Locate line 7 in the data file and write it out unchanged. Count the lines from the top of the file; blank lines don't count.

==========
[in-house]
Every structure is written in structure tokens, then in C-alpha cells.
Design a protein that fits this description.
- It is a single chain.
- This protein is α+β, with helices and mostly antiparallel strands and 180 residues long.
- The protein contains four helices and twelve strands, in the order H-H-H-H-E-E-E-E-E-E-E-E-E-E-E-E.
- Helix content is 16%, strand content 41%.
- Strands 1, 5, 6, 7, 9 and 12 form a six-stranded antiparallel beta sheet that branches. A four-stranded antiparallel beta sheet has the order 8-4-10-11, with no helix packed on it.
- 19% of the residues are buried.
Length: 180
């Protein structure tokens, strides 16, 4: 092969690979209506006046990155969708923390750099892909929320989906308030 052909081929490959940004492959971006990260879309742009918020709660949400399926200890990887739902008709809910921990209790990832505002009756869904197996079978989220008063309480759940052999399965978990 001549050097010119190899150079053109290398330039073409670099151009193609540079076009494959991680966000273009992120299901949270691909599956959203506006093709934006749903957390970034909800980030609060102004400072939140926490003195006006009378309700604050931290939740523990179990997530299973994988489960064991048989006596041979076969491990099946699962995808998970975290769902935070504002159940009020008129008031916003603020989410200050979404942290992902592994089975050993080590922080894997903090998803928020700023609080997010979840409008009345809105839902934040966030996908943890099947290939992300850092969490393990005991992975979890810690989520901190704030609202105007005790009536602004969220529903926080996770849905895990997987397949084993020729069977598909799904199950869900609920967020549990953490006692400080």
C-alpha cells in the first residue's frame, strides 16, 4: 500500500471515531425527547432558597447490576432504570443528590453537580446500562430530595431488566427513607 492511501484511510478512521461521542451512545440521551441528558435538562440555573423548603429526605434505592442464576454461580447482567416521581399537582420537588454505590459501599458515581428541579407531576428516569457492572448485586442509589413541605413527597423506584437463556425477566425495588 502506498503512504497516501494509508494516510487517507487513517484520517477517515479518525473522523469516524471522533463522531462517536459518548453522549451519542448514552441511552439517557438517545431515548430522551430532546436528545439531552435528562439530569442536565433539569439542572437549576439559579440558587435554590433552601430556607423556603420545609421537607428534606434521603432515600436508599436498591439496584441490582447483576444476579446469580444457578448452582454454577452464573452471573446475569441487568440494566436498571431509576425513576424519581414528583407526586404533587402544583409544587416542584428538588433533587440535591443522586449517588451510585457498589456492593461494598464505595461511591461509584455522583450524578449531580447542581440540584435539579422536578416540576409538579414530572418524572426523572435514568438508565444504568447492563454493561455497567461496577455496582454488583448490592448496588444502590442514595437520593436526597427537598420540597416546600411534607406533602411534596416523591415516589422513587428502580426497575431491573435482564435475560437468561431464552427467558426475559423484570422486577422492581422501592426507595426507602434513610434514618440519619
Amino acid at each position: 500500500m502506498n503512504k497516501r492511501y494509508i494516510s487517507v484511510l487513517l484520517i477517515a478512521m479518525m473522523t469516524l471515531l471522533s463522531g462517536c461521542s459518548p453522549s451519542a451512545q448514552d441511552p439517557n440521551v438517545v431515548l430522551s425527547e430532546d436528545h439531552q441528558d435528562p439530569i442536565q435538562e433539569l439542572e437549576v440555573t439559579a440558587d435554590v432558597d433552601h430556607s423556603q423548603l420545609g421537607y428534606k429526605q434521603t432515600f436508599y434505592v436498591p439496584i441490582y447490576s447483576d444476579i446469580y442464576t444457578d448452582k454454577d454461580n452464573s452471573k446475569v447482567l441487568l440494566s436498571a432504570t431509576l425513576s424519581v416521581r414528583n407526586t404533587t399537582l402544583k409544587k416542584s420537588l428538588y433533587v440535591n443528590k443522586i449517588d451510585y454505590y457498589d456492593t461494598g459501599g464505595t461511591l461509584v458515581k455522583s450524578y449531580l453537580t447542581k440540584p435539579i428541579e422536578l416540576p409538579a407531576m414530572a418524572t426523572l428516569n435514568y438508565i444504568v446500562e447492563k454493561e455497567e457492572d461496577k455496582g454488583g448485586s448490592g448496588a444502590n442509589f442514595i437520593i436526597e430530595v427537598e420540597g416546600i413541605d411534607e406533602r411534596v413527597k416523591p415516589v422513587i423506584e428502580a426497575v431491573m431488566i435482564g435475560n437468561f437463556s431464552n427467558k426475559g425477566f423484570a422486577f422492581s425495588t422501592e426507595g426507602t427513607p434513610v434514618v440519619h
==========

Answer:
- Helix content is 16%, strand content 41%.